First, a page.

In fact, it does not provide any essential information about the situation or the reactions of the characters. This passage describes the emotions of both Penelope and Odysseus using comparisons. In addition, the wife and the husband have very different emotions that are described with two distinct images. These two comparisons, in a sense, emphasize the division that exists at this point between the lonely, sorrowing queen and her disguised husband, who is sad also but conceals his grief.

This gulf, however, contrasts movingly with the physical nearness of the two: Finally, after the very different reactions of the two are described, a couplet focusing on Penelope introduces her next speech Just as Penelope openly displays her grief, here she clearly identifies her question as a test. Of course Odysseus is able to pass Once again, Penelope is overcome with emotiondescribed in a passage that could be replaced by a single-verse reply formula with no loss of narrative clarity.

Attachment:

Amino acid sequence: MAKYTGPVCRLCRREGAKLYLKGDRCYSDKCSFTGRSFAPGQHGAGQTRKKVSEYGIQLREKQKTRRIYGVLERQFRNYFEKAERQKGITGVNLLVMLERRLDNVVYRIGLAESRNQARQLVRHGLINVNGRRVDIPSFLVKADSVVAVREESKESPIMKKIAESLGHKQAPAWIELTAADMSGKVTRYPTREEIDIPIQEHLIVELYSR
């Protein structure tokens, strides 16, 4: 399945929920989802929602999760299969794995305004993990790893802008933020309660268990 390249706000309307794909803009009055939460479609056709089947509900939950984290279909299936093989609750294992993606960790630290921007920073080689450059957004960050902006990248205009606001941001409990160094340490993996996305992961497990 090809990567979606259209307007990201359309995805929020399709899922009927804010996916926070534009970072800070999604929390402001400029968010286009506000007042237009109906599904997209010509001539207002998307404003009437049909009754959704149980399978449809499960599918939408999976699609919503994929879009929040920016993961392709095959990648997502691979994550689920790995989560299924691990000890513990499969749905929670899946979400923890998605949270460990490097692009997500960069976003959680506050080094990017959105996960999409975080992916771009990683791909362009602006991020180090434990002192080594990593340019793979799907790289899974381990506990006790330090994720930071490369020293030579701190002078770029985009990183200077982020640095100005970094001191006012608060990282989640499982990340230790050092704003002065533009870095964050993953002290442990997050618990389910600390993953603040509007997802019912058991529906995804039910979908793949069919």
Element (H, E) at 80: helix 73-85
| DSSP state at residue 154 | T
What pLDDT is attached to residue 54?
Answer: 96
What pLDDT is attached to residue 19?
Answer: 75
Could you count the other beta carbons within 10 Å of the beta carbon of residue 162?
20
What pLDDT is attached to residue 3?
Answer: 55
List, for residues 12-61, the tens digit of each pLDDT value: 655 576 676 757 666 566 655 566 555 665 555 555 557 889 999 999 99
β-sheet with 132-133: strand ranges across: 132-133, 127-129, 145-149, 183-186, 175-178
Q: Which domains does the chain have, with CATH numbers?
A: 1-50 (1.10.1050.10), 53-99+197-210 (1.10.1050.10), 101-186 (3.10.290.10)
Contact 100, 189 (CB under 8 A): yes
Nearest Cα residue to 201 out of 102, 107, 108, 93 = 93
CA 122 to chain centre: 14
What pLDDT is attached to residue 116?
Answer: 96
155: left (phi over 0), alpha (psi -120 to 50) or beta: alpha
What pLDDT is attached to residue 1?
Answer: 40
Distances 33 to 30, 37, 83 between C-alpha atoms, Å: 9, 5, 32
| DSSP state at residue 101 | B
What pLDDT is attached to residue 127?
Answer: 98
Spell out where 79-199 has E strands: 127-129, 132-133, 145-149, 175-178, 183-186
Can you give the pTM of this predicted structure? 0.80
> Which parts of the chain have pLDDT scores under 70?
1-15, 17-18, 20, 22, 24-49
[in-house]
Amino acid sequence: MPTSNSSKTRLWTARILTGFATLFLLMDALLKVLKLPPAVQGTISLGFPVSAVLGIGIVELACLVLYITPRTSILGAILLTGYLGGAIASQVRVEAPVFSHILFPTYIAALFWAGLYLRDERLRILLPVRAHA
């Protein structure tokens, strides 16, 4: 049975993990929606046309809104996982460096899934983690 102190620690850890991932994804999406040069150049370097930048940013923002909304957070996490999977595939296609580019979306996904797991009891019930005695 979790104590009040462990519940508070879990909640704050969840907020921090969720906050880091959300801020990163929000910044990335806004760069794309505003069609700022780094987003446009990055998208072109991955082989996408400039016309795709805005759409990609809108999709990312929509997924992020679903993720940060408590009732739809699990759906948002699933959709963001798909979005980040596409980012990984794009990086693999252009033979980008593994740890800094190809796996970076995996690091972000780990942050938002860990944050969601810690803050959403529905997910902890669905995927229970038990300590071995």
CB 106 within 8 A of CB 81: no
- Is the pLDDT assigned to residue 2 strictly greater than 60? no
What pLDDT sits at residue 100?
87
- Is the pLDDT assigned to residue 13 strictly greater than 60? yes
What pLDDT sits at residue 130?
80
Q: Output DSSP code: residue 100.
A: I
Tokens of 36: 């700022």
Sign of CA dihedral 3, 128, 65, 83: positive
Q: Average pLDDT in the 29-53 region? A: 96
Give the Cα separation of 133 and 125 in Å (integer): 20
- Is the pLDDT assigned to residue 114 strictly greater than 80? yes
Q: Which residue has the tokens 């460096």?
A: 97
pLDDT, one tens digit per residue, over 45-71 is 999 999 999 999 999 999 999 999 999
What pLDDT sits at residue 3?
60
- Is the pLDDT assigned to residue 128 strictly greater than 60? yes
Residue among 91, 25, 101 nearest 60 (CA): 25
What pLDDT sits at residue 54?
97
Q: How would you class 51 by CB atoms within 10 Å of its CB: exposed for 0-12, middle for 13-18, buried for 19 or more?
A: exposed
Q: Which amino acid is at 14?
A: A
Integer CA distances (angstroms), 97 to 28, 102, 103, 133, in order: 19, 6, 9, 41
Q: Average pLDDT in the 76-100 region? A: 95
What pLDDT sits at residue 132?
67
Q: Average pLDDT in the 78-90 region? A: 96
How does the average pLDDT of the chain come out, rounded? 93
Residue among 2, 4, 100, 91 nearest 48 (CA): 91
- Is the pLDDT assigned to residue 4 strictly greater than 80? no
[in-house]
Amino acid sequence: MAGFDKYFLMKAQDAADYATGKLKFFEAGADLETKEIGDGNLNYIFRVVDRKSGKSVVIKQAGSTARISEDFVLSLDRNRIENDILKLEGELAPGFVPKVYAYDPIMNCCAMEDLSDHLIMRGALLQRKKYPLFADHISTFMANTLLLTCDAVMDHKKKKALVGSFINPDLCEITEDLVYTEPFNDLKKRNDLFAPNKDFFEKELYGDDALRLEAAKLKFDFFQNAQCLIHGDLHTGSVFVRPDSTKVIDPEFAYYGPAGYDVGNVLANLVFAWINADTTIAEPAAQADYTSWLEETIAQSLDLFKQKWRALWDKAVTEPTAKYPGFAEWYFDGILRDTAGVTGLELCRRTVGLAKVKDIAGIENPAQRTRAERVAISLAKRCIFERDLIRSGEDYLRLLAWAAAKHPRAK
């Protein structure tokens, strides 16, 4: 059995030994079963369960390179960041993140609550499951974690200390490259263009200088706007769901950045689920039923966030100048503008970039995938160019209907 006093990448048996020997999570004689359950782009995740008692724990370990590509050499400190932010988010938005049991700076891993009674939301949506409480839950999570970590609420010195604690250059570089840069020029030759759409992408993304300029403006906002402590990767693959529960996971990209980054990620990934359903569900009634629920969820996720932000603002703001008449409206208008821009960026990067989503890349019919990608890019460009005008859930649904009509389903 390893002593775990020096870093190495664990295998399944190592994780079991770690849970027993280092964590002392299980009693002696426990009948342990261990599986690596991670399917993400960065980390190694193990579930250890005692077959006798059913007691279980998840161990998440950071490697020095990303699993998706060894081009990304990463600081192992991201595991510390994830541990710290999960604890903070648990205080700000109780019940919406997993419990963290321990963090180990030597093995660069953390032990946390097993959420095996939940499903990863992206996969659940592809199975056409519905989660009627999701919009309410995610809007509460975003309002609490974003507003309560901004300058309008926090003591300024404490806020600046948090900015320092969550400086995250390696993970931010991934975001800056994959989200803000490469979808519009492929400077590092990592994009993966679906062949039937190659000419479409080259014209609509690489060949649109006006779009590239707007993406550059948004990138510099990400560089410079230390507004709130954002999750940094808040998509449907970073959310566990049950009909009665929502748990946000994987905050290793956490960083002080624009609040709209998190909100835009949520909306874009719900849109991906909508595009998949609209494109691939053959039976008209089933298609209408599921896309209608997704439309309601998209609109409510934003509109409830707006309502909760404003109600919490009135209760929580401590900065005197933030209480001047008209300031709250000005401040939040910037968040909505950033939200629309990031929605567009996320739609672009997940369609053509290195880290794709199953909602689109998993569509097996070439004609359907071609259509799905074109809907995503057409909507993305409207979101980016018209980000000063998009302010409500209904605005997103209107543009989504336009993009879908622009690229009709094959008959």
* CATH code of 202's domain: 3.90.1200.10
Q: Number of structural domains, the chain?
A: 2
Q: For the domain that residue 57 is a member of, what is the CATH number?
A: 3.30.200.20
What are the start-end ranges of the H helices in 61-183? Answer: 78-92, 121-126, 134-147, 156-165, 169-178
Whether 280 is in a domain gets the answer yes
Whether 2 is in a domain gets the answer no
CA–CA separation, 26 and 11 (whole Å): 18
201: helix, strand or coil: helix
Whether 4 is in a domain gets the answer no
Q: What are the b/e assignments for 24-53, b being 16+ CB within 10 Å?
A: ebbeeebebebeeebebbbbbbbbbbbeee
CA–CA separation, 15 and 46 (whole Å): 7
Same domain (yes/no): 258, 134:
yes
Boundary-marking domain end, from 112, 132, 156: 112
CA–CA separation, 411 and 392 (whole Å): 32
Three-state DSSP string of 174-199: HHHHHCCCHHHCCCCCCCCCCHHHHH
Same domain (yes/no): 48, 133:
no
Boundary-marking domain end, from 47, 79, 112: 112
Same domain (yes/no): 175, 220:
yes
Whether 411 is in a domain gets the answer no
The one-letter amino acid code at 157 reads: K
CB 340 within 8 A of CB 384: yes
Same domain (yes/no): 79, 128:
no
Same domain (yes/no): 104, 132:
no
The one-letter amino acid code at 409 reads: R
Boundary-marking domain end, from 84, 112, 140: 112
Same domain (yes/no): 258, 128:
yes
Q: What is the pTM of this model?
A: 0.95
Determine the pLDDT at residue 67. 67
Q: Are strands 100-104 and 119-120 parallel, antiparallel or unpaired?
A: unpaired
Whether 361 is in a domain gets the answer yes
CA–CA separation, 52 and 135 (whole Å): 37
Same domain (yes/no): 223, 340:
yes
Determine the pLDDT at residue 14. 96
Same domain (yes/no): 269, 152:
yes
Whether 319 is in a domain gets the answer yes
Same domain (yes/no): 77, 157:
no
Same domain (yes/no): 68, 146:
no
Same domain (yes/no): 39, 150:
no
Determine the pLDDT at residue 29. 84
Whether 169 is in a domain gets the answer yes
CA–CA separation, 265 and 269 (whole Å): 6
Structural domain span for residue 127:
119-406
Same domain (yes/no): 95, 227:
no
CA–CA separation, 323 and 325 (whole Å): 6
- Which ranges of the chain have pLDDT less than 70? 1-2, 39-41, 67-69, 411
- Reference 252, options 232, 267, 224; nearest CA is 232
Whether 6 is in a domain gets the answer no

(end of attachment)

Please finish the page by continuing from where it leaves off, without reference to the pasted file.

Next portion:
This passage forms an instructive pair with The language in the two passages displays a number of similarities, but But when she had taken her pleasure of tearful lamentation, then once again she spoke to him and gave him an answer: Verse is very similar to verse In the earlier passage, two comparisons precede The similes greatly expand the moment at which Penelope first hears news of Odysseus from her husband himself, giving that event prominence and heightened poignancy.

The second similein particular, draws Odysseus into the first scene, which increases its impact by including both husband and wife and also by portraying their very different reactions to the same event. The focus inon the other hand, is only on Penelope. This verse, which appears in two other reunion scenes in the poem, [ 31 ] has a somewhat ironic effect here since the signs that Penelope believes she recognizes do not represent what she thinks they do.